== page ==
New Theatre Company The Phoenix to Present BLUE/ORANGE, 11/1-23

The Phoenix, the New Theatre Company founded by long-time PICT artistic director and founder Andrew Paul and Pittsburgh Playwrights Theatre founder and former director of theatre initiatives at the August Wilson Center, Mark Clayton Southers, will debut with a four week run of Joe Penhall's provocative, caustically funny, Olivier Award-winning play Blue/Orange. The production will star acclaimed actors David Whalen, Sam Tsoutsouvas, and newcomer Rico Parker, with direction by Andrew Paul and scenic design by Mark Clayton Southers. Blue/Orange, sponsored by founding Phoenix Board Member and noted arts philanthropist Richard E. Rauh, plays November 1-23, 2013 at the Pittsburgh Playwrights Theatre, 937 Liberty Avenue in downtown Pittsburgh.

The mission of The Phoenix is to explore the issues facing our diverse and rapidly changing world through the language of theatre. Blue/Orange takes place in a London psychiatric hospital where an enigmatic patient claims to be the son of an African dictator - a story that becomes unnervingly plausible. What begins as a battle of wills between a young, idealistic doctor and his jaded superior over the appropriate course of treatment for his patient, possibly exhibiting schizophrenic behavior, eventually turns into something altogether different. An incendiary tale of race, madness and a Darwinian power struggle at the heart of Britain's dying National Health Service, Blue/Orange offers a perspective on the mental health system which has been in the headlines recently as a result of tragedies in Connecticut, Washington, D.C. and Pittsburgh.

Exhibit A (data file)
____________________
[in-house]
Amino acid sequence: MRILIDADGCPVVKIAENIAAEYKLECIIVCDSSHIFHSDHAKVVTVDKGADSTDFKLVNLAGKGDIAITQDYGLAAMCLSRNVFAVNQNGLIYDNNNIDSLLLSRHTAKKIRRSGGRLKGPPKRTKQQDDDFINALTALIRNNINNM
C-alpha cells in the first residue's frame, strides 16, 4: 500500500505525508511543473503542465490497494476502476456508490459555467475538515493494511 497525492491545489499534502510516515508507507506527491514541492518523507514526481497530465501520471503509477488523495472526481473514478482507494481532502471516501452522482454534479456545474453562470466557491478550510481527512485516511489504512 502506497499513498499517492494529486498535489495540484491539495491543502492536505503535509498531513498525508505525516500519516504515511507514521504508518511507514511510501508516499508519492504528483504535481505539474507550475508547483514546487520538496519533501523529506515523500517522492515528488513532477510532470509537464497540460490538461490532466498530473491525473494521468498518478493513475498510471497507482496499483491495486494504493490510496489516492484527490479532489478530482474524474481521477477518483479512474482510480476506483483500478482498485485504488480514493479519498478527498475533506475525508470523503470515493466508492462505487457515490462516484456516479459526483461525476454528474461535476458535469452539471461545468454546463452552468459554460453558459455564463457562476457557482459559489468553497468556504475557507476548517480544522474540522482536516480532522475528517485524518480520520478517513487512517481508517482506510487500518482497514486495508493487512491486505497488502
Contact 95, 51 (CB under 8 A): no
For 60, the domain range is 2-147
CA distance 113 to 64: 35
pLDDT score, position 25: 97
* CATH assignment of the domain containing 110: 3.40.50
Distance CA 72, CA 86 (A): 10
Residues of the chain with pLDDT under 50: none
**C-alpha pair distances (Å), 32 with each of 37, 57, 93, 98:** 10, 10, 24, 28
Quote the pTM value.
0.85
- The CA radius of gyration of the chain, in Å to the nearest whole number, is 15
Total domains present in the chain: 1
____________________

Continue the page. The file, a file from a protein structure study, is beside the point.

Playwright Joe Penhall was born in London and raised in Adelaide, Australia. His first major play Some Voices premiered at the Royal Court in 1994 and was adapted into a film starring Daniel Craig and Kelly MacDonald. Blue/Orange premiered at the Royal National Theatre in 2000 in a production directed by Roger Michell and starring Bill Nighy, Andrew Lincoln, and Chiwetel Ejiofor. It was awarded Best New Play at the Evening Standard Awards, Laurence Olivier Awards, and at the Critics Circle. Penhall spent six years writing the film The Last King of Scotland and adapted Cormac McCarthy's book The Road in 2009 for a film starring Viggo Mortensen. His other plays include Landscape With Weapon, Haunted Child, and Birthday.

The three-character play will be performed by well-known actors David Whalen, Sam Tsoutsouvas, and newcomer Rico Parker with Andrew Paul directing. Whalen, one of Pittsburgh's most acclaimed actors, was the Pittsburgh Post-Gazette Performer of the Year in 2007. His many collaborations with director Paul include Mark Antony in Shakespeare's Julius Caesar and his acclaimed portrayal of former President George W. Bush in the Pittsburgh premiere of David Hare's Stuff Happens. David recently played the title role in PICT's Don Juan Comes Back From the War and completed work on the feature film The Fault In our Stars, directed by Josh Boone and adapted from the much loved novel by John Green. Tsoutsouvas has performed leading roles on Broadway and at many of America's finest regional theatres. His Pittsburgh appearances include Caryl Churchill's A Number at Pittsburgh Public Theatre, Frank Lloyd Wright in Worksong at City Theatre, and Max in Stoppard's Rock'n'Roll, Antony in Shakespeare's Antony and Cleopatra and Hirst in Pinter's No Man's Land at PICT. Rico Parker is a native of Dayton, Ohio. He has appeared as Booth in the Jubilee Theatre's (Fort Worth, Texas) Topdog/Underdog and was nominated for a Jeff Norton Award for his portrayal of Sylvester in the American Stage (Florida) production of August Wilson's Ma Rainey's Black Bottom, directed by Mark Clayton Southers. Rico has appeared in Pittsburgh in VALU-MART at Pittsburgh Playwrights Theatre and as the Joker in Attilio Favorini's The Gammage Project. The Phoenix has assembled a formidable design team for its debut production, with scenic design by Mark Clayton Southers, costumes by Pei-Chi Su, lights by Jim French and sound design by Elizabeth Atkinson. Production Stage Manager will be Eric A. Smith.